I decided it was time to shed the weight of a 17-inch laptop and also enter the brave new world of 2-in-1 folding laptops. Enter the Dell XPS 13 2-in-1, which I have used on two trips so far.
The machine’s biggest weakness is an inability to stay connected to a Microsoft Bluetooth travel mouse. The mouse worked fine with the five-year-old 17-inch machine. I tried a second example of the same mouse and suffered from the same disconnections after a few seconds (snapping the mouse closed and open would restore connectivity).
The Dell XPS 13 2-in-1 also has a finicky WiFi system. It would disconnect from a friend’s home router after about every 30 minutes of use, requiring a manual “disconnect” and then “reconnect.” After a driver update the problem seemed to be gone but then I closed the machine and opened it up the next morning. There was no WiFi connection and the machine couldn’t see any of the 12 or so networks in the apartment complex where I was staying.
I thought “well, maybe it isn’t so bad if I have no mouse because I have a touchscreen.” A couple of days later, the touchscreen failed completely. Dell support suggested unplugging the machine and using the power switch to drain power off the motherboard. That restored the touchscreen, but I still miss having a mouse. Why not plug in a wired mouse, 1970s-style? Dell decided that there shouldn’t be any standard USB ports on the machine so it would have to be done via a dongle. There is no reputable brand of wired USB-C mouse because anyone up-to-date enough to have USB-C would of course have a computer with functional Bluetooth. Eventually I decided to try a Logitech m557 Bluetooth mouse and haven’t seen any disconnections so far, but there is about a one-second delay before the mouse begins to track after every period where the mouse isn’t moved. The touchpad doesn’t have any lag. A Logitech wireless mouse with proprietary dongle (plugged into the USB-C port with an intermediate dongle, of course) doesn’t have any lag. So there is definitely something screwy with the Bluetooth implementation.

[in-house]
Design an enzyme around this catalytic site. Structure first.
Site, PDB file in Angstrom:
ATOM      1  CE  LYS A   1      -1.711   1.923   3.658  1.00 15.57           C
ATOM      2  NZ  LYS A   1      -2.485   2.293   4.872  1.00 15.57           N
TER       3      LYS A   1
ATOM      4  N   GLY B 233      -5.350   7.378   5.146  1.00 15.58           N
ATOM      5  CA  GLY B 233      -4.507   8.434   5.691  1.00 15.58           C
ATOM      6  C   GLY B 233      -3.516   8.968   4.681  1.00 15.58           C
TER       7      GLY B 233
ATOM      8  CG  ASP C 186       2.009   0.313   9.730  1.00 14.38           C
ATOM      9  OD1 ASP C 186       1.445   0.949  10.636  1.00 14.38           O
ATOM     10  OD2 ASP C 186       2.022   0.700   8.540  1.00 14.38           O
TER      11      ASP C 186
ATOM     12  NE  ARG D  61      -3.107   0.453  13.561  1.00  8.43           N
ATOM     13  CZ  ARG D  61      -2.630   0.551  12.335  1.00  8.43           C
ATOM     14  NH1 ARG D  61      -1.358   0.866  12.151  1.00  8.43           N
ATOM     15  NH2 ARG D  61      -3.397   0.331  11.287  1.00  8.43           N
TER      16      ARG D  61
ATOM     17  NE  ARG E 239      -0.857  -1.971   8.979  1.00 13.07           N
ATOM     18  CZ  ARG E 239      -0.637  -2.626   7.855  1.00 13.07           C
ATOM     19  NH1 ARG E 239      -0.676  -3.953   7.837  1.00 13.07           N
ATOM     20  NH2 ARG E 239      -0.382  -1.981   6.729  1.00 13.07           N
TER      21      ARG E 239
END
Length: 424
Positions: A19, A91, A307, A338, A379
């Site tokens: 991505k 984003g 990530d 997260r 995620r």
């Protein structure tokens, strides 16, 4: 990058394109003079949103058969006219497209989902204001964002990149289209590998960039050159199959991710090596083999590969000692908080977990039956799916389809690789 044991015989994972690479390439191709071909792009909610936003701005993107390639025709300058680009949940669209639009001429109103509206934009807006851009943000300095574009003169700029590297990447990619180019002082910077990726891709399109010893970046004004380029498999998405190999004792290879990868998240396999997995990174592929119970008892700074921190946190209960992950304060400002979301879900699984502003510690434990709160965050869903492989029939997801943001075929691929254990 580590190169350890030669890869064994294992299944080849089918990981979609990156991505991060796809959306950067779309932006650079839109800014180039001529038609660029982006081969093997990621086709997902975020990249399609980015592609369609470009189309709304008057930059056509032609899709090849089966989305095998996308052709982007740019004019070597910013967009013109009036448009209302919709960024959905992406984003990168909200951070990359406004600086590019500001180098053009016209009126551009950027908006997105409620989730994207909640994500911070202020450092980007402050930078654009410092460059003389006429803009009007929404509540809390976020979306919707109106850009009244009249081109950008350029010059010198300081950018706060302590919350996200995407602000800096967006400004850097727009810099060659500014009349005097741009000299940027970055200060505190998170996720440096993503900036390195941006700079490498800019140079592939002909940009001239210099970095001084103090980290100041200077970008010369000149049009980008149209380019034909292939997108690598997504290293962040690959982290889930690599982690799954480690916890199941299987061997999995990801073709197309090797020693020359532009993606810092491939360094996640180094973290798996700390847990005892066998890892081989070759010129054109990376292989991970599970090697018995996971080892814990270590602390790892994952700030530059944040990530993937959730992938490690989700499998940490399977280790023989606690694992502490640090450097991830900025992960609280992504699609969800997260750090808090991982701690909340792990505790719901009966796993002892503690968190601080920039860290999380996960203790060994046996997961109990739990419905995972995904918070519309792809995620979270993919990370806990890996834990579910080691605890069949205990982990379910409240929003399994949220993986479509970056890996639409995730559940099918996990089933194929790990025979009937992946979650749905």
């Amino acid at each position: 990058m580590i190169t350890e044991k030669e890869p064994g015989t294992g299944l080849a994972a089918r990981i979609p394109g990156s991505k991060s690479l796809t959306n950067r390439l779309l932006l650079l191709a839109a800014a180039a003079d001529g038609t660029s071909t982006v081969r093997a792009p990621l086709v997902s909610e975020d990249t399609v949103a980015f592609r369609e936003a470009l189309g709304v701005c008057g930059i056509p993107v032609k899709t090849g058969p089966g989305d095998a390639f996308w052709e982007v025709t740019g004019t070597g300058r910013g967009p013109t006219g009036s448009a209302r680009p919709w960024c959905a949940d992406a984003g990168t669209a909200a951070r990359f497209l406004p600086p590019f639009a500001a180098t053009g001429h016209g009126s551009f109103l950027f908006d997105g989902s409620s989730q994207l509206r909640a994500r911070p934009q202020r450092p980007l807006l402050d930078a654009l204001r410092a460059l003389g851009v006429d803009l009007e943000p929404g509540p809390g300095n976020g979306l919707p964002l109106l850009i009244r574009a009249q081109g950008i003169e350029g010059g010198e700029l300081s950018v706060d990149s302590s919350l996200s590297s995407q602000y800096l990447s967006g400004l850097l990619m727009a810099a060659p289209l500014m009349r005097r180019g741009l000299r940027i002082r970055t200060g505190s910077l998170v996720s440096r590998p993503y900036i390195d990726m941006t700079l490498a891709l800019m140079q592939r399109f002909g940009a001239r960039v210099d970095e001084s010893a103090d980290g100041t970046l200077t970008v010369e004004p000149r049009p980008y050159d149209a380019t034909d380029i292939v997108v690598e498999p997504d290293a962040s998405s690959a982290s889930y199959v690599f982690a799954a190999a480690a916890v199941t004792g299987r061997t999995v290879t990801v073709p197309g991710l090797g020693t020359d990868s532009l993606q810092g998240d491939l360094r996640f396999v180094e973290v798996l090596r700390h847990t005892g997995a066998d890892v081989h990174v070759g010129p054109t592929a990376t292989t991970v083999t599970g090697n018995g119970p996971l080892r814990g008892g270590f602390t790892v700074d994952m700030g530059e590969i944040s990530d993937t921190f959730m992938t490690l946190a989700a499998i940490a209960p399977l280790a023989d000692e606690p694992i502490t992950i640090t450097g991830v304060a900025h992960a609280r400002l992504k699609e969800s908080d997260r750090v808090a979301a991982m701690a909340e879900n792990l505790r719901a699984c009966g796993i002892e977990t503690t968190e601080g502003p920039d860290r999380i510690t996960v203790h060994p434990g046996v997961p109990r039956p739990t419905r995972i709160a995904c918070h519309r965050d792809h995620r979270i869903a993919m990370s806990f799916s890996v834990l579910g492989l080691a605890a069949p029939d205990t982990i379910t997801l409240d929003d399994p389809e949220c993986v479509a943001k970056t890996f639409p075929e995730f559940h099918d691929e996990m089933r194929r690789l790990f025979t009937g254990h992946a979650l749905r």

I’m not a big TV-watcher and haven’t found a real use for the tent mode. Nor have I really used the machine as a tablet because if I want to read a Kindle book I just use the iPhone 7 Plus. Still, I like the mechanical design much better than the Microsoft Surface Book.
[June 2017: Multiple failures, many hours of phone support, Dell refuses to accept a return of this non-functional device, two trips to the “depot” (complete failure within a few minutes of being turned on after the first trip).]